The Global Rundown
Meteorologists predict average monsoon rainfall for India in 2020. Organizations working to protect the Mekong River request greater transparency from China following a recent report alleging that China withheld water from drought-hit downstream nations last year. Florida argues against a judge’s recommendation that a water rights debate with Georgia be dismissed from the U.S. Supreme Court. In Washington, the Quinault Indian Nation is imperiled by rising sea levels and depletion of sockeye salmon, a key part of their livelihood. The Chilean State Defense Council lodges a complaint against global miner BHP for environmental damages to the Punta Negra salt flat and its aquifer.
“This sustained extraction was such that the aquifer cannot recover on its own within 100 years.” –A complaint by the Chilean State Defense Council against global miner BHP, in reference to heavy depletion of groundwater beneath the northern Punta Negra salt flat in Chile. In addition to the excessive water use, BHP’s operations also jeopardized wetlands, vegetation, and wildlife in the area, according to the complaint. The First Environmental Court, based in Antofagasta, Chile, says it will investigate the claims. Reuters
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Covid-19 + Water: Live Blog — The volume of Covid-19 news can be overwhelming. We’ve started a live blog, updated throughout the day, to help you sort through it. It’s a library for how water, sanitation, and hygiene connect to the pandemic, both in the US and globally.
Water Contamination Risks Lurk in Plumbing of Idled Buildings — Stagnant water is a breeding ground for bacteria. Before reopening shuttered buildings, the internal water systems need to be investigated, plumbing experts say.
By The Numbers
11 Chinese dams that allegedly held back Mekong river water from drought-hit downstream countries despite above-average water levels in China, according to a recent report by U.S.-based Eyes on Earth Inc. In the wake of the report, groups working to protect the drying Mekong River are calling for greater transparency and collaboration from China. Reuters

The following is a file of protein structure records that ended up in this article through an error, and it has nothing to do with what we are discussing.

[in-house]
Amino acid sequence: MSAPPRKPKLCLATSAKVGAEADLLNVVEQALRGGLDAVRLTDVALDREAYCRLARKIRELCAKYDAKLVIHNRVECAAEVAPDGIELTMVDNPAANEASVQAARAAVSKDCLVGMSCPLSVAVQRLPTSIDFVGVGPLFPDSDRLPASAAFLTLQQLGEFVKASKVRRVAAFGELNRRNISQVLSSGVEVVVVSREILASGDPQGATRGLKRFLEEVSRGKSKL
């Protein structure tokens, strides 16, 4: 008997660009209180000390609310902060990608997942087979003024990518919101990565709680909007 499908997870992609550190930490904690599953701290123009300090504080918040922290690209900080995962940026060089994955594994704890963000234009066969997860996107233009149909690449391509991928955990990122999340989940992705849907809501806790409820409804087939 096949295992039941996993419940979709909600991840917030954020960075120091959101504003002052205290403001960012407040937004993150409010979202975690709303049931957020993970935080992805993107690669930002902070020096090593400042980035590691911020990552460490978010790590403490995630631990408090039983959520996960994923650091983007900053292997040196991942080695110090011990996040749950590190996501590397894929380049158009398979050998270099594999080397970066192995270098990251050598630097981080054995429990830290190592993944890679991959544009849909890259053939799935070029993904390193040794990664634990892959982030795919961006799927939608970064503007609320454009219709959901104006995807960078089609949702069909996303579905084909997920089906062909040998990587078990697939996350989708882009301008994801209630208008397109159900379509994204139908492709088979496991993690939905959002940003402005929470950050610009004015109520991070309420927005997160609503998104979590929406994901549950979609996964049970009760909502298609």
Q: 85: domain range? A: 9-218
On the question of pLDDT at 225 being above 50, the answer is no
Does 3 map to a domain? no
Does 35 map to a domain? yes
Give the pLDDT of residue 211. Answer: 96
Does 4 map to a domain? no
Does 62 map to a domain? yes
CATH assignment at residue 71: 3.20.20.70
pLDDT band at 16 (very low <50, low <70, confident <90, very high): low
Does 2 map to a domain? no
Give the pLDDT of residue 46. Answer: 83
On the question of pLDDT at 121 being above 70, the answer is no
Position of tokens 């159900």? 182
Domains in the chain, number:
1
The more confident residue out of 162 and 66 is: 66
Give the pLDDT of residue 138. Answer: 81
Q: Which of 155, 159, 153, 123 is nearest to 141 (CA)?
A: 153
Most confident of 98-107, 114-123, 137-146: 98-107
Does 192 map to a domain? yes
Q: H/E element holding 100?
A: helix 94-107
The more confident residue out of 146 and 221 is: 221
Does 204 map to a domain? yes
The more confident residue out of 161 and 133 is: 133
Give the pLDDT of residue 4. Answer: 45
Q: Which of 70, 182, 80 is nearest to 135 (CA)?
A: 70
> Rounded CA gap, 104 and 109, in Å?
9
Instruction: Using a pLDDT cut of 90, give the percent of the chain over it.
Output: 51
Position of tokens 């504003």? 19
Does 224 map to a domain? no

40,000-50,000 pounds Fish processed per day at the Quinault Indian Nation’s fish processing plant in Taholah, Washington, in years past. Now, manager Shane Underwood says the plant is lucky to process 1,000 pounds of fish per day, as changes in glacial melt and river temperatures disrupt traditional fishing patterns. In addition to major losses in the salmon industry, the Quinault tribe has also experienced flooding in recent years due to rising sea levels. Reuters
Science, Studies, and Reports
Monsoon rains in India this year are predicted to be 100 percent of the long-term average, according to the Ministry of Earth Sciences. If accurate, the normal rainfall will help bolster agricultural and economic growth across the country, which has dealt with several dry spells in recent years. Reuters
On the Radar
In December, U.S. federal Judge Paul Kelly, the court-appointed “special master” in an ongoing water-rights debate between Florida and Georgia, recommended that the case be dismissed from the U.S. Supreme Court. Now, Florida has submitted a new legal brief urging the court not to dismiss the case, arguing that it could “spell doom” for the Apalachicola Bay. AJC
Kayla Ritter is a recent graduate of Michigan State University, where she studied International Relations and Teaching English to Speakers of Other Languages. She is currently based in Manton, Michigan. Kayla enjoys running, writing, and traveling. Contact Kayla Ritter